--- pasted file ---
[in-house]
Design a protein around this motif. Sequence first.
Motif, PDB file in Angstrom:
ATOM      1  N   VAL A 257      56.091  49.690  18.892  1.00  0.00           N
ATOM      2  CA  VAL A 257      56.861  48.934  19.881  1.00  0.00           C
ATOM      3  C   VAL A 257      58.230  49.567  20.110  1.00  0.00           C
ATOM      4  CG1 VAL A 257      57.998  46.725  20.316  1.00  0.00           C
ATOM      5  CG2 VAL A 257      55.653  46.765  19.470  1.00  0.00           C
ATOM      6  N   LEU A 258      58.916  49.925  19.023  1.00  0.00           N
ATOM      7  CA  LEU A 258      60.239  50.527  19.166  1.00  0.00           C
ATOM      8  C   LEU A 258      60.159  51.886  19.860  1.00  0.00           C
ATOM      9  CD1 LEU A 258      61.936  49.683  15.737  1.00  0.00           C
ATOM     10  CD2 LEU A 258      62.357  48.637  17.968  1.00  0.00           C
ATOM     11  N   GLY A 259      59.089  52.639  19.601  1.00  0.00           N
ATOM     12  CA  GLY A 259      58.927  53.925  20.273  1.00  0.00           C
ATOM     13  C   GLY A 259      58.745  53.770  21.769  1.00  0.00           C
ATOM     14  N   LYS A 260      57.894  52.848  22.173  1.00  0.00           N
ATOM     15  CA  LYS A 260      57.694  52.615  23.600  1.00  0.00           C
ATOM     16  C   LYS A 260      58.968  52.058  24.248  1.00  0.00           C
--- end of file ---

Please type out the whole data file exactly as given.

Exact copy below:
[in-house]
Design a protein around this motif. Sequence first.
Motif, PDB file in Angstrom:
ATOM      1  N   VAL A 257      56.091  49.690  18.892  1.00  0.00           N
ATOM      2  CA  VAL A 257      56.861  48.934  19.881  1.00  0.00           C
ATOM      3  C   VAL A 257      58.230  49.567  20.110  1.00  0.00           C
ATOM      4  CG1 VAL A 257      57.998  46.725  20.316  1.00  0.00           C
ATOM      5  CG2 VAL A 257      55.653  46.765  19.470  1.00  0.00           C
ATOM      6  N   LEU A 258      58.916  49.925  19.023  1.00  0.00           N
ATOM      7  CA  LEU A 258      60.239  50.527  19.166  1.00  0.00           C
ATOM      8  C   LEU A 258      60.159  51.886  19.860  1.00  0.00           C
ATOM      9  CD1 LEU A 258      61.936  49.683  15.737  1.00  0.00           C
ATOM     10  CD2 LEU A 258      62.357  48.637  17.968  1.00  0.00           C
ATOM     11  N   GLY A 259      59.089  52.639  19.601  1.00  0.00           N
ATOM     12  CA  GLY A 259      58.927  53.925  20.273  1.00  0.00           C
ATOM     13  C   GLY A 259      58.745  53.770  21.769  1.00  0.00           C
ATOM     14  N   LYS A 260      57.894  52.848  22.173  1.00  0.00           N
ATOM     15  CA  LYS A 260      57.694  52.615  23.600  1.00  0.00           C
ATOM     16  C   LYS A 260      58.968  52.058  24.248  1.00  0.00           C